We’re Hiring

We’re Hiring
Share your enjoyment and passion of feeding the birds. Help others to connect and enjoy that same enthusiasm as you do.
We are looking for sales associates who can help us help others “enjoy nature in your own backyard “.
- retail experience an asset but not necessary
- ability to lift 20 lb bags of seed for our customers
- positive, energetic, enthusiastic and willing to learn
- flexible schedule and able to work weekends
We provide training so you can provide informed advice about feeding the birds and our quality products.
Stop by and talk to us or drop off a resume.

Tuesday, 14 April 2015

Parksville/Qualicum beach Tuesday bird walk, April 14, 2015

The Tuesday bird walk went to the Shelly Road side of the Englishman River in Parksville. The morning was sunny with a strong wind off the Strait of Georgia but it was very calm in the forest and meadows.  As we started the walk we spotted a Hermit Thrush feeding along the trail just in front of us. The birding got better as the morning went on.  A Townsend’s Warbler was singing and feeding high up in a big leaf maple tree.  He was soon joined by a Yellow-rumped Warbler, a Ruby-crowned Kinglet and an Orange-crowned Warbler.  An American Kestrel was perched on a snag and we watched as he flew and hunted over the meadow.  We were entertained as he hovered and flew over the meadow looking for prey. We spotted a Savannah Sparrow perched on a bush close to the shoreline.  A Snow Goose and two Greater White-fronted Geese were feeding in the meadow near the R.V. Park.  A Townsend’s Solitaire perched on a short bush along the trail giving us great looks. We watched a Red-breasted Sapsucker making a nest hole in a tall snag .  He would peck for a while and then go into it to see if it was big enough. We left before he accomplished that!  A Northern Flicker was drilling into a tree for a nest on another snag further on in the forest.  Spring is here!!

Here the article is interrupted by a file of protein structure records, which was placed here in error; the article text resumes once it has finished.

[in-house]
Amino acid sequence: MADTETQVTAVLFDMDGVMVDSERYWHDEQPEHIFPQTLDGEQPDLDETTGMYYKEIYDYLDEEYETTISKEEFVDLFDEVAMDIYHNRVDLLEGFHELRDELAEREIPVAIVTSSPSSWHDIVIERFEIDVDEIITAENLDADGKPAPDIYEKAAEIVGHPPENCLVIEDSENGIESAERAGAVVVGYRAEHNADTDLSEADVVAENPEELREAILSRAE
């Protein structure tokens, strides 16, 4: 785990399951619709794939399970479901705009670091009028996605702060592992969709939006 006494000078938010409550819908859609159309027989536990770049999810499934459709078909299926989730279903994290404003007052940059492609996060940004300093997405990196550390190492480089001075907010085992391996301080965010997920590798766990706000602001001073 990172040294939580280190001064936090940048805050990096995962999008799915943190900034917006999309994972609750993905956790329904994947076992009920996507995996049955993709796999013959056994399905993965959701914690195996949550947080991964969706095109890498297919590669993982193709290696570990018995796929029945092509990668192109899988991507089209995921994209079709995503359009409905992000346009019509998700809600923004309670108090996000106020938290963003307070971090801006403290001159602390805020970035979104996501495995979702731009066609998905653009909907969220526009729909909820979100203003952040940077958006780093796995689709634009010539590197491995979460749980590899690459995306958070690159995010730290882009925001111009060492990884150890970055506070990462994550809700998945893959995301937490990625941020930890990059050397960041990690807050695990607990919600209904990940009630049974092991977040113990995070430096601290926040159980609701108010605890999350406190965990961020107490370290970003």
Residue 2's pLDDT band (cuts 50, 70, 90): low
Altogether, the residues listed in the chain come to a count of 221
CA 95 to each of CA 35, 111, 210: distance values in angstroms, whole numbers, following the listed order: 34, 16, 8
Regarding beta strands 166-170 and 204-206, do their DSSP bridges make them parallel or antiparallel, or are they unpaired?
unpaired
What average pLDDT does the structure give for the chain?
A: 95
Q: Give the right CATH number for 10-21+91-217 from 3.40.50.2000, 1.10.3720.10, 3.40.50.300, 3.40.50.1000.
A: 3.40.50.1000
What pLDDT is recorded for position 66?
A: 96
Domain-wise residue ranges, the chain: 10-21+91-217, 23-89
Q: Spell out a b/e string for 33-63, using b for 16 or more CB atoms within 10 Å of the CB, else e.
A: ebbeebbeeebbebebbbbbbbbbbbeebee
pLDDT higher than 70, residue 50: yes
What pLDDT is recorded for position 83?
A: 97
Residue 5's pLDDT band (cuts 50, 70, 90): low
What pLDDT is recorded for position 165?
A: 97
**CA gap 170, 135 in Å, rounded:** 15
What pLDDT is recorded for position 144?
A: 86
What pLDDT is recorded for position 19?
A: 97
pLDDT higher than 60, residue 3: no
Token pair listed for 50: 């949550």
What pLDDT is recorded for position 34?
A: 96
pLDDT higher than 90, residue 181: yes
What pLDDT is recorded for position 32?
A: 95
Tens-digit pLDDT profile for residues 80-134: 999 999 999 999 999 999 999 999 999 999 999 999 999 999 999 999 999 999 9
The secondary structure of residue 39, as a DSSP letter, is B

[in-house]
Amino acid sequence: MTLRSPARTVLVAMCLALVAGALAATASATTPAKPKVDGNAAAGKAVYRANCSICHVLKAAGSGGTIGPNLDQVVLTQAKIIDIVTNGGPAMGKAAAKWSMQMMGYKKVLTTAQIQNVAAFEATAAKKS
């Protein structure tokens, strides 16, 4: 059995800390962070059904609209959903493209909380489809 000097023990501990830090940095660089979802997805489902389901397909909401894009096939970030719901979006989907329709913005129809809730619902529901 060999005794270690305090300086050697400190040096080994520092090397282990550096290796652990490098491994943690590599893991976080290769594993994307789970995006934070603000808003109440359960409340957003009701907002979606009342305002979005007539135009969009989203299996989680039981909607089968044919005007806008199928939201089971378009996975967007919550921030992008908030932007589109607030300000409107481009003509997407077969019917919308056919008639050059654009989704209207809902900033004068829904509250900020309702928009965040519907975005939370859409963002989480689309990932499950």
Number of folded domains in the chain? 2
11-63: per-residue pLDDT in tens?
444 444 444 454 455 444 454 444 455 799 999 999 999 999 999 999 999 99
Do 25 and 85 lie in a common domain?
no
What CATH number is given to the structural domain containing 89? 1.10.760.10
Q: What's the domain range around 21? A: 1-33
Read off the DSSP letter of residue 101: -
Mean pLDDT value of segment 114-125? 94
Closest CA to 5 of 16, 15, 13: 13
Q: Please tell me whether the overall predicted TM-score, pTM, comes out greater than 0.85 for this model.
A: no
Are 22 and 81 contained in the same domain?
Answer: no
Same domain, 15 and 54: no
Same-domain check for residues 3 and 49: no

Townsend’s Solitaire: Ralph Hocken Photo.


Thirteen lucky birders saw and heard the following sixty-one species (a record for this time of the year!):
Canada Goose
Snow Goose
Greater White-fronted Geese
American Wigeon
Northern Pintail
Surf Scoter
Common Merganser
Great Blue Heron
Turkey Vulture
Bald Eagle
American Kestrel
Black Turnstone
Greater Yellowlegs
Mew Gull
California Gull
Thayer’s Gull
Glaucous-winged Gull
Belted Kingfisher
Band-tailed Pigeon
Eurasian-collared Dove
California Quail
Ring-necked Pheasant
Rufous Hummingbird
Anna’s Hummingbird
Hairy Woodpecker
Northern Flicker
Pileated Woodpecker
Red-breasted Sapsucker
Northwestern Crow
Common Raven
Violet-green Swallow
Chestnut-backed Chickadee
Red-breasted Nuthatch
Ruby-crowned Kinglet
Golden-crowned Kinglet
Bewick’s Wren
Pacific Wren
American Robin
Hermit Thrush
Varied Thrush
European Starling
Townsend’s Solitaire
Yellow-rumped Warbler
Townsend’s Warbler
Orange-crowned Warbler
Red-winged Blackbird
Spotted Towhee
Savannah Sparrow
Song Sparrow
White-crowned Sparrow
Golden-crowned Sparrow
Dark-eyed Junco
Purple Finch
American Goldfinch
Pine Siskin 

         Savannah Sparrow: Ralph Hocken Photo. 

The Tuesday bird walk on April 21 will be going to Moorecroft Regional Park in Nanoose Bay. 

Good birding
Neil Robins



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